My problem with using Space Engine, is that it's not my creation. I wouldn't be able to manipulate things, create my own worlds, explosions, and design my galaxies however I want...

Can you explain what you mean by the dopler effect changing the color of the stars?
read 1042 times
1/22/2015 7:50:40 PM (last edit: 1/22/2015 7:50:40 PM)
show user profile  Nik Clark
He means red shift, I think.

read 1039 times
1/22/2015 7:56:42 PM (last edit: 1/22/2015 7:57:23 PM)
show user profile  Dr_Jim
I notice a phenomena sometimes whereby when Nik is closer to me he appears larger....and when he is very, very far from me he is much smaller.
It's quite perplexing.
read 1028 times
1/22/2015 9:01:04 PM (last edit: 1/22/2015 9:01:04 PM)
show user profile  Nik Clark
Jim, looking at me in your mirrors is bound to cause confusion.

This informative video might help:

read 1024 times
1/22/2015 9:15:07 PM (last edit: 1/22/2015 9:15:07 PM)
show user profile  Sir_Manfred
I mean this:

Visit my Portfolio

read 1014 times
1/22/2015 10:18:27 PM (last edit: 1/22/2015 10:18:27 PM)
show user profile  cbflex
That's really quite fascinating. I never knew of such an optical effect.

It's almost like saying, the faster the observer moves, the more light he catches in his eyes, thus objects can get more saturated...

So... with all this being said, what can I do to my current piece to improve it?

It's a combination of Afterburn, Vray Environment Fog, and about 20,,000 suspended sphere particles.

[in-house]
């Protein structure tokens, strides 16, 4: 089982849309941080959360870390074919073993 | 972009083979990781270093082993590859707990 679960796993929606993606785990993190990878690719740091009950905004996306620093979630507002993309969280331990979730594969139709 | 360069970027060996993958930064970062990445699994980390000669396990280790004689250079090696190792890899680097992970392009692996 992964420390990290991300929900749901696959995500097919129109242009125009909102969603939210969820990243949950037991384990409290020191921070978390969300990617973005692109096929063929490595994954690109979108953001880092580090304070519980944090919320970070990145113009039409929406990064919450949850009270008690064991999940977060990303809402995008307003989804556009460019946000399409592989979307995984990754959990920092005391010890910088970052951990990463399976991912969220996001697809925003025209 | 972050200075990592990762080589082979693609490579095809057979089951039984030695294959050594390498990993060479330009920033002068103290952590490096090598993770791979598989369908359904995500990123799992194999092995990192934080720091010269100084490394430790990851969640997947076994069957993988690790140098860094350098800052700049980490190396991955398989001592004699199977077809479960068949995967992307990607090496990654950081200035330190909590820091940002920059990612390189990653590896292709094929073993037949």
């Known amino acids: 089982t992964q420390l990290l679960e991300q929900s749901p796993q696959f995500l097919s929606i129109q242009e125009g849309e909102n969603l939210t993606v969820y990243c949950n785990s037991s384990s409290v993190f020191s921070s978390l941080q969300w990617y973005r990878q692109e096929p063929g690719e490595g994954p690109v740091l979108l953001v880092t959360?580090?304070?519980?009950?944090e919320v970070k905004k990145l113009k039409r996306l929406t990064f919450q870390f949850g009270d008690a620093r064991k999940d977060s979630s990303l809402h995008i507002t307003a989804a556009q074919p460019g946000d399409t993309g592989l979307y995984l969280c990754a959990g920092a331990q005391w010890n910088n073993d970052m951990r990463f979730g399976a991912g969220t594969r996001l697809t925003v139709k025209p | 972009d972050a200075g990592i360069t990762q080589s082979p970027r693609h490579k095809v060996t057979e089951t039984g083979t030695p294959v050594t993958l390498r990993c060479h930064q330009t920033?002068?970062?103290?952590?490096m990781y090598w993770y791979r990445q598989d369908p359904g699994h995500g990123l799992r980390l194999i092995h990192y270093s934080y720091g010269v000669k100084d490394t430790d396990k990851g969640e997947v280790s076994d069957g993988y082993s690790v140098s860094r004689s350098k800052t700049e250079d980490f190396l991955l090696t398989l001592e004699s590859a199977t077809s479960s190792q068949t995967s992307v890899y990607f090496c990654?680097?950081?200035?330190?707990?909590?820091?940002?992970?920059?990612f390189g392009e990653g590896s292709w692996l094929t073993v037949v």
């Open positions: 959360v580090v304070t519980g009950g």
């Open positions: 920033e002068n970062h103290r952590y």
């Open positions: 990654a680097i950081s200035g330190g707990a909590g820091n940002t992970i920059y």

Afterburn was used to make the light blue gas where the stars lay. It was also used to make those little red puffs that I added for more variety.

Vray environment fog was used as the background fog in between the light blue vortex, to make it seem like there's still stuff in between the light blue lines, just like in the photos.
read 1007 times
1/22/2015 11:32:56 PM (last edit: 1/22/2015 11:32:56 PM)
show user profile  Garp
The doppler effect is something you see (or rather hear) all the time. If you're standing on the side of a road, the sound of the engine of a vehicle coming towards you has a higher pitch than when the vehicle goes away from you.

read 1001 times
1/23/2015 1:24:20 AM (last edit: 1/23/2015 1:24:20 AM)
show user profile  digs
prolly best to take this one slow (pretty big undertaking)

- your particles are the same size in render. observing a galaxy, u will most likely never see the same sized star - this is because of extreme distances between stars, and the differences in how powerful they r (how fast they r moving, etc etc.). u need to find a way to show this size difference. keep in mind max (or any commercial program) isn't designed for calculating these scales, so as the artist, u need to show it